During summer training camp in Bourbonnais, Bears quarterback Jay Cutler tried to prove he still has a bullet arm.
Over at Bourbonnais Village Hall, bullets have been the subject of controversy, with a top village official leaving his $100,000-a-year job after a gun shop he runs as a side business sold ammunition to his own police department, causing a stir.
Now-former Village Administrator Gregg Spathis’ Manteno gun shop, SWAATS, was paid nearly $4,000 in taxpayer money earlier this year to provide the police department – which he oversaw at the time – thousands of rounds of rifle and handgun ammo for training and duty use by the village’s two dozen police officers, according to records and interviews.
Police officials ended up reporting problems with the ammunition – some of which was described in village records as “defective” and “dented” and “unsafe.”
Spathis disputes that characterization, but either way swapped out some of the bullets in question. The police department still wasn’t happy so it kept some of the ammo and took a refund on the rest.
Meantime, some village board members said they didn’t know about the transaction until afterward, and wanted to know why they weren’t alerted to the deal in advance.
Village rules restrict but don’t bar village officials from doing business with their own municipality.
But among the problems that emerged: The municipal check cut to SWAATS never made its way to the village board’s Finance Committee for approval, as is the protocol, officials said.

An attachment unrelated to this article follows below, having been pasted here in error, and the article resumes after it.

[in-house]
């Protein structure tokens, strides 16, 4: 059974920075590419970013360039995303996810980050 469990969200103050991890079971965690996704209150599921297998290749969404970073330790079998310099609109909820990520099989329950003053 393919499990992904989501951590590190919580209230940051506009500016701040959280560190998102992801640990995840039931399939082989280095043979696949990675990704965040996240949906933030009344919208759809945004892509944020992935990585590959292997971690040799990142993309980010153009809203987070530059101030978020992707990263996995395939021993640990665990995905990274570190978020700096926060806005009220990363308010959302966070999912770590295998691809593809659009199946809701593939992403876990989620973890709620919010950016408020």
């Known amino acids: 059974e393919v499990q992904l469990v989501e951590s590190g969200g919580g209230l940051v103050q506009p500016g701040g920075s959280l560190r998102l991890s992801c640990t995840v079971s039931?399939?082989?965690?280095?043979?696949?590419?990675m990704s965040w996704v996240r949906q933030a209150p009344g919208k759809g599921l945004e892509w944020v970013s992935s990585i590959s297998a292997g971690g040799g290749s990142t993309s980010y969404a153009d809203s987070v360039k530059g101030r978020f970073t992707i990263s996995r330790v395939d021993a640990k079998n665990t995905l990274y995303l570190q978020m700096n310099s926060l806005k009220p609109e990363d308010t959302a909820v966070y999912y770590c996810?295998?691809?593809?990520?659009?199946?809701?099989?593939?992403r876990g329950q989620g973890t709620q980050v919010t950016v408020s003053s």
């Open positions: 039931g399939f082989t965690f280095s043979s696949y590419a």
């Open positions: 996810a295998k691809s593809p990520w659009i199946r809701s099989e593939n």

Some village board members also wondered whether the sale to Spathis’ company constituted a conflict of interest.
Spathis said he was simply trying to save the village money on the deal and sold the ammo to the police “at cost,” at a better price than two competitors that the police department checked with.
Spathis added that he had nothing to do with the check not going through the Finance Committee – saying that was the failure of other staff.
Amid the turmoil, Spathis left his job by mutual agreement, with three months of severance pay, in July, records show.
“Quite frankly I didn’t feel I had any support from the board,” Spathis said, adding he left because he “didn’t want to create a political storm.”
The mayor, Paul Schore, said he didn’t know about the ammo sale until “after the fact,” and wished the situation had been handled differently, though he also doesn’t think this dust-up is worthy of a news story.
Bourbonnais, which is in Kankakee County, hasn’t yet hired a new village administrator.
This blog post was written and reported by the Better Government Association’s Robert Herguth, who can be reached at rherguth@bettergov.org or (312) 821-9030.